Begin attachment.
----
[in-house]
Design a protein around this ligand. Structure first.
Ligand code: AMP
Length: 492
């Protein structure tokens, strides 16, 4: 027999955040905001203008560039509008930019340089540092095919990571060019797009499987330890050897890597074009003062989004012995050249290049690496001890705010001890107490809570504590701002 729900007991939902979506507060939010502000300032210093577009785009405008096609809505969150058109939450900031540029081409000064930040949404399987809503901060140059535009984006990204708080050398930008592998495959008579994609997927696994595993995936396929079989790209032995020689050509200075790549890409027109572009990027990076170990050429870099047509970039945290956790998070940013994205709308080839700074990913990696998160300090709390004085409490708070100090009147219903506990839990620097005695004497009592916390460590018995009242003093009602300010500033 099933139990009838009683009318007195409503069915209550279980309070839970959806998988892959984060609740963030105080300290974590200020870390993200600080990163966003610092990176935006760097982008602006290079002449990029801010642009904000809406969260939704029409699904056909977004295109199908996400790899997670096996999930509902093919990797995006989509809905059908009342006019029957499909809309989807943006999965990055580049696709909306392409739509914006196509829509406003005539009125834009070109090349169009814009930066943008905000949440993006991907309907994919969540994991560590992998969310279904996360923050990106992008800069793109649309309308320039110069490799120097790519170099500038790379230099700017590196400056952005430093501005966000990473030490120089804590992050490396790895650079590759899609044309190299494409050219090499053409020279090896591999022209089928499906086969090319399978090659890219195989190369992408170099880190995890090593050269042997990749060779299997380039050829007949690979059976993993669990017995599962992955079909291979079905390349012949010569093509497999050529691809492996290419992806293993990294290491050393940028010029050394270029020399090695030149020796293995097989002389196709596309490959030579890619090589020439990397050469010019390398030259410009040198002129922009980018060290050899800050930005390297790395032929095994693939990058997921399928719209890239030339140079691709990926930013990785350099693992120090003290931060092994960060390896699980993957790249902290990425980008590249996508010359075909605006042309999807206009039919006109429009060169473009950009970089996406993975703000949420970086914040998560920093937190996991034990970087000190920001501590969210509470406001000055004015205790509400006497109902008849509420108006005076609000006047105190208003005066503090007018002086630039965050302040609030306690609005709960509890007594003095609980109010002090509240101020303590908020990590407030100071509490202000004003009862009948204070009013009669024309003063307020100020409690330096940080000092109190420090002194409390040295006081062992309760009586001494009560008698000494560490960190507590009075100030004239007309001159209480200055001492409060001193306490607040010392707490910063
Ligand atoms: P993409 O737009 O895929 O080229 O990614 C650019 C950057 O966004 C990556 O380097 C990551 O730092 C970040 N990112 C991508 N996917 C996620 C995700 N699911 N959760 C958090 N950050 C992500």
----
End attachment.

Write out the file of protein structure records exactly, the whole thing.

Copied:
[in-house]
Design a protein around this ligand. Structure first.
Ligand code: AMP
Length: 492
């Protein structure tokens, strides 16, 4: 027999955040905001203008560039509008930019340089540092095919990571060019797009499987330890050897890597074009003062989004012995050249290049690496001890705010001890107490809570504590701002 729900007991939902979506507060939010502000300032210093577009785009405008096609809505969150058109939450900031540029081409000064930040949404399987809503901060140059535009984006990204708080050398930008592998495959008579994609997927696994595993995936396929079989790209032995020689050509200075790549890409027109572009990027990076170990050429870099047509970039945290956790998070940013994205709308080839700074990913990696998160300090709390004085409490708070100090009147219903506990839990620097005695004497009592916390460590018995009242003093009602300010500033 099933139990009838009683009318007195409503069915209550279980309070839970959806998988892959984060609740963030105080300290974590200020870390993200600080990163966003610092990176935006760097982008602006290079002449990029801010642009904000809406969260939704029409699904056909977004295109199908996400790899997670096996999930509902093919990797995006989509809905059908009342006019029957499909809309989807943006999965990055580049696709909306392409739509914006196509829509406003005539009125834009070109090349169009814009930066943008905000949440993006991907309907994919969540994991560590992998969310279904996360923050990106992008800069793109649309309308320039110069490799120097790519170099500038790379230099700017590196400056952005430093501005966000990473030490120089804590992050490396790895650079590759899609044309190299494409050219090499053409020279090896591999022209089928499906086969090319399978090659890219195989190369992408170099880190995890090593050269042997990749060779299997380039050829007949690979059976993993669990017995599962992955079909291979079905390349012949010569093509497999050529691809492996290419992806293993990294290491050393940028010029050394270029020399090695030149020796293995097989002389196709596309490959030579890619090589020439990397050469010019390398030259410009040198002129922009980018060290050899800050930005390297790395032929095994693939990058997921399928719209890239030339140079691709990926930013990785350099693992120090003290931060092994960060390896699980993957790249902290990425980008590249996508010359075909605006042309999807206009039919006109429009060169473009950009970089996406993975703000949420970086914040998560920093937190996991034990970087000190920001501590969210509470406001000055004015205790509400006497109902008849509420108006005076609000006047105190208003005066503090007018002086630039965050302040609030306690609005709960509890007594003095609980109010002090509240101020303590908020990590407030100071509490202000004003009862009948204070009013009669024309003063307020100020409690330096940080000092109190420090002194409390040295006081062992309760009586001494009560008698000494560490960190507590009075100030004239007309001159209480200055001492409060001193306490607040010392707490910063
Ligand atoms: P993409 O737009 O895929 O080229 O990614 C650019 C950057 O966004 C990556 O380097 C990551 O730092 C970040 N990112 C991508 N996917 C996620 C995700 N699911 N959760 C958090 N950050 C992500």